Archery students of Lakes District Secondary School joined coach Dirk Hoffer in helping the Burns Lake Community Forest (BL Comfor) solve an ongoing problem while scoring a bonus for themselevs and their teammates.
Hoffer and his archery students spent the last couple of weeks of the school year installing a 1.6 km fence on the way up to Boer Mountain Road to protect the land from unwanted off-road vehicles that have continuously wrecked the soil.
According to Hoffer, BL Comfor donated $3000 for their efforts. These funds were used the funds to acquire new three-dimensional targets to enhance their training.
“It’s really good for them to see where the money comes from to pay for the extras that we get,” said Hoffer, who has taught archery for more than three decades. “These are 3-D foam targets. We have a bear, a deer, and a coyote and a fox. It will make archery a lot more fun for the kids in the spring next year.” All which were bought locally at Woods N Water.
Donna Brochez, silviculture specialist with the BL Comfor said that for years, drivers of four-wheelers and side-by-side UTVs have motored through the property of the community forest, tearing up seedlings planted by their volunteers and disturbing the neighbouring private property belonging to retired Burns Lake physician Dr. George Magee and his wife Bernice.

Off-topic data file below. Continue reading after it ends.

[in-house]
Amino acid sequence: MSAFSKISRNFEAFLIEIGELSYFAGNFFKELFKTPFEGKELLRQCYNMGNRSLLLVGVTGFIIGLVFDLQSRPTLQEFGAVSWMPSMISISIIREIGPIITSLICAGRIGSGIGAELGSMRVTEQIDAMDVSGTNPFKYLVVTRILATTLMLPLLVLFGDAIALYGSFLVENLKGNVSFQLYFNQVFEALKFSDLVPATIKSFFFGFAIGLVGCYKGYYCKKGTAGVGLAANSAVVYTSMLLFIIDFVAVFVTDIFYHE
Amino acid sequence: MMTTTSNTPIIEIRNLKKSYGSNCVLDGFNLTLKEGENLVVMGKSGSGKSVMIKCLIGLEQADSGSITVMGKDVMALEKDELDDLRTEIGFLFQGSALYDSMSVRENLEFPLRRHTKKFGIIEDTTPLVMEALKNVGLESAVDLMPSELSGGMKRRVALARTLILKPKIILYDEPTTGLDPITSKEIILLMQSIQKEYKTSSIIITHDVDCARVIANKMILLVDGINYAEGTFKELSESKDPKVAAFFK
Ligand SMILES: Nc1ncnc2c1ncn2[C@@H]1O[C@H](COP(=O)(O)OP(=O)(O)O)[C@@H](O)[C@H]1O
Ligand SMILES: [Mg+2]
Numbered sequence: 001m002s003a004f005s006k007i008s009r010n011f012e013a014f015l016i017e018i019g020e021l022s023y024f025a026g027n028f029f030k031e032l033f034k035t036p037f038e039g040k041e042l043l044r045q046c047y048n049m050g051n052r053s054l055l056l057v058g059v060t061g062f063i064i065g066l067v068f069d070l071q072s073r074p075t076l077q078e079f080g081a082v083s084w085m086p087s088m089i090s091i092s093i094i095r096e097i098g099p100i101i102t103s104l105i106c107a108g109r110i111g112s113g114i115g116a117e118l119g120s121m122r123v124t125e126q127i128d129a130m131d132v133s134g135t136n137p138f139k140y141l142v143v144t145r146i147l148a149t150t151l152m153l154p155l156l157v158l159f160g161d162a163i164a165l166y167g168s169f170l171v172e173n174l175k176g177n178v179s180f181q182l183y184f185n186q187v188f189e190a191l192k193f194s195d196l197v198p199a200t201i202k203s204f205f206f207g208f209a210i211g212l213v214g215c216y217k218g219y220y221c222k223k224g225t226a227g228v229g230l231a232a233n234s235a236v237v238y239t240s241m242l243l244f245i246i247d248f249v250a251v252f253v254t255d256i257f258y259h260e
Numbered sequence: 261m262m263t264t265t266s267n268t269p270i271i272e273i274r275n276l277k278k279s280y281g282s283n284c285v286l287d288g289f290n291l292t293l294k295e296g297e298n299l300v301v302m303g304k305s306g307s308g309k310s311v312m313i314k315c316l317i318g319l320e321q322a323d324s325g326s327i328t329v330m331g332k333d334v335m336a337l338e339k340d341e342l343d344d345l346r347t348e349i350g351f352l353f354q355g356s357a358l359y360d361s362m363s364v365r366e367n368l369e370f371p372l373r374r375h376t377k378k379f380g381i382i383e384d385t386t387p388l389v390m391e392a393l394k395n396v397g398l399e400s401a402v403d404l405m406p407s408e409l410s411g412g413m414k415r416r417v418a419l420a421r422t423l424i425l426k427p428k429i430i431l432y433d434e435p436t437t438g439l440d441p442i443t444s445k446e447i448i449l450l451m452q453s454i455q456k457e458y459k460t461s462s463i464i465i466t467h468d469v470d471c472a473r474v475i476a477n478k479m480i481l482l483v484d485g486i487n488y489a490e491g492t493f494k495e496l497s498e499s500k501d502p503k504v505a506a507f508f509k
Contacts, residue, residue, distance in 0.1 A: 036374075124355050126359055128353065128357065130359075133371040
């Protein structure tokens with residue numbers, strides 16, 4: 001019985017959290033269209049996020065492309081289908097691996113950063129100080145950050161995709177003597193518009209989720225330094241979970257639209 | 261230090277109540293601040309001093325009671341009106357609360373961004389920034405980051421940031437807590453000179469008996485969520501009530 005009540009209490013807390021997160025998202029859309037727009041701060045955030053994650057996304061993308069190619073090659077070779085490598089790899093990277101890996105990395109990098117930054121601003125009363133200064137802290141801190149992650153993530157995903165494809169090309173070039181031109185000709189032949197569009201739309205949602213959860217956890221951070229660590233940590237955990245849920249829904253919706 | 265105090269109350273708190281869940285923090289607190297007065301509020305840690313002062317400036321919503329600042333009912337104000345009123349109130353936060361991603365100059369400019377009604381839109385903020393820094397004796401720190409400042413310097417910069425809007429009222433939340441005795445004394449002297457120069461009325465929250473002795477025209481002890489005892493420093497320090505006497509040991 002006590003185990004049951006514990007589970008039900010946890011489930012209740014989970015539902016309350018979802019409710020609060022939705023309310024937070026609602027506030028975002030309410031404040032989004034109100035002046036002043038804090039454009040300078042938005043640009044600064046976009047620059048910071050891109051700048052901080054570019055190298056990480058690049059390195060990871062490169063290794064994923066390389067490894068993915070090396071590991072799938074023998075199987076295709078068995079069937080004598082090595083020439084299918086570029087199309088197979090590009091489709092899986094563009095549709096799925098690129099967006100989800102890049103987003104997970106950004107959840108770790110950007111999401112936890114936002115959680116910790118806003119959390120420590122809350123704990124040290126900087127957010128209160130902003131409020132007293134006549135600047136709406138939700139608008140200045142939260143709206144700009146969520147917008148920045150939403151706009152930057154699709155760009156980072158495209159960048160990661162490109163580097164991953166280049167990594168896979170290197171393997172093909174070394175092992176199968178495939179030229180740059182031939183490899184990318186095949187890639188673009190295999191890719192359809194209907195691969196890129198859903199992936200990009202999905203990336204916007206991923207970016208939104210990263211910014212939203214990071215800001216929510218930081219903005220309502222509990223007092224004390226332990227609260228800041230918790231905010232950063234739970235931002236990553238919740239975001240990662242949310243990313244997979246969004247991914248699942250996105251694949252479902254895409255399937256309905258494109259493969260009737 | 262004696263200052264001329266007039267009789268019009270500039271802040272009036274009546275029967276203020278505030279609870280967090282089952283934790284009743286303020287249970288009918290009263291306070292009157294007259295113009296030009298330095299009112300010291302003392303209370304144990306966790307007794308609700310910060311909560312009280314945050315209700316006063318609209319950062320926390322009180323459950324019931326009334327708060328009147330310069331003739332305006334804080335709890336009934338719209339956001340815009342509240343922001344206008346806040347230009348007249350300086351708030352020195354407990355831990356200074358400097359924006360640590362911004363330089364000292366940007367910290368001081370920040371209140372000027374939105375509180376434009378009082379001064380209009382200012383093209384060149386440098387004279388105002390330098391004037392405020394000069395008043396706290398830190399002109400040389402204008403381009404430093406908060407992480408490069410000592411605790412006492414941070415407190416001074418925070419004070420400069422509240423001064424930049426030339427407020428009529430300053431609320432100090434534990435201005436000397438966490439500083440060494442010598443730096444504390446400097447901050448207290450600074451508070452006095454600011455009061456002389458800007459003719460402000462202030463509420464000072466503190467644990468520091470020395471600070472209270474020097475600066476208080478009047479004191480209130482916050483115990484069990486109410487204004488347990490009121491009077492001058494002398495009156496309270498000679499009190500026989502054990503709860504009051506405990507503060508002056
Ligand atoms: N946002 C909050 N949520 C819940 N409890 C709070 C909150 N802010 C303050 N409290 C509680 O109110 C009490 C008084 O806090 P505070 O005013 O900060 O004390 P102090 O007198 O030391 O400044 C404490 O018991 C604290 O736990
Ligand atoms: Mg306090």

“You just need one person on a wet day to go up with a 4-wheeler and you’ve got six months to a year of rehabilitation that you have to do,” said Brochez, adding that they needed this fence completed in 2018.
Dr. Magee, who also contributed $500 to the archery students, said that motorists have been taking a short-cut through his property to get to the power line for at least 20 years. He had put down his own fences and markings in the past, but motorists cut them down and travelled through.
“Having the archery students come up and do the fence was great and they marked it, they have spoken to people, and we are not seeing any 4-wheelers up here now at all,” said Dr. Magee, who added that he does not mind if people walk or ski on his property, but 4-wheelers have torn the soil where he had planted seedlings in previous springs and caused noise disruptions at night.
Brochez said that the archery students worked just as hard as Hoffer to secure the fence. She said it is important for the community to know that there is a workforce among students looking to fundraise as well as an opportunity to teach them a new skill.
“If you can put them to work and still give them a donation, that’s much better than just handing them a cheque.”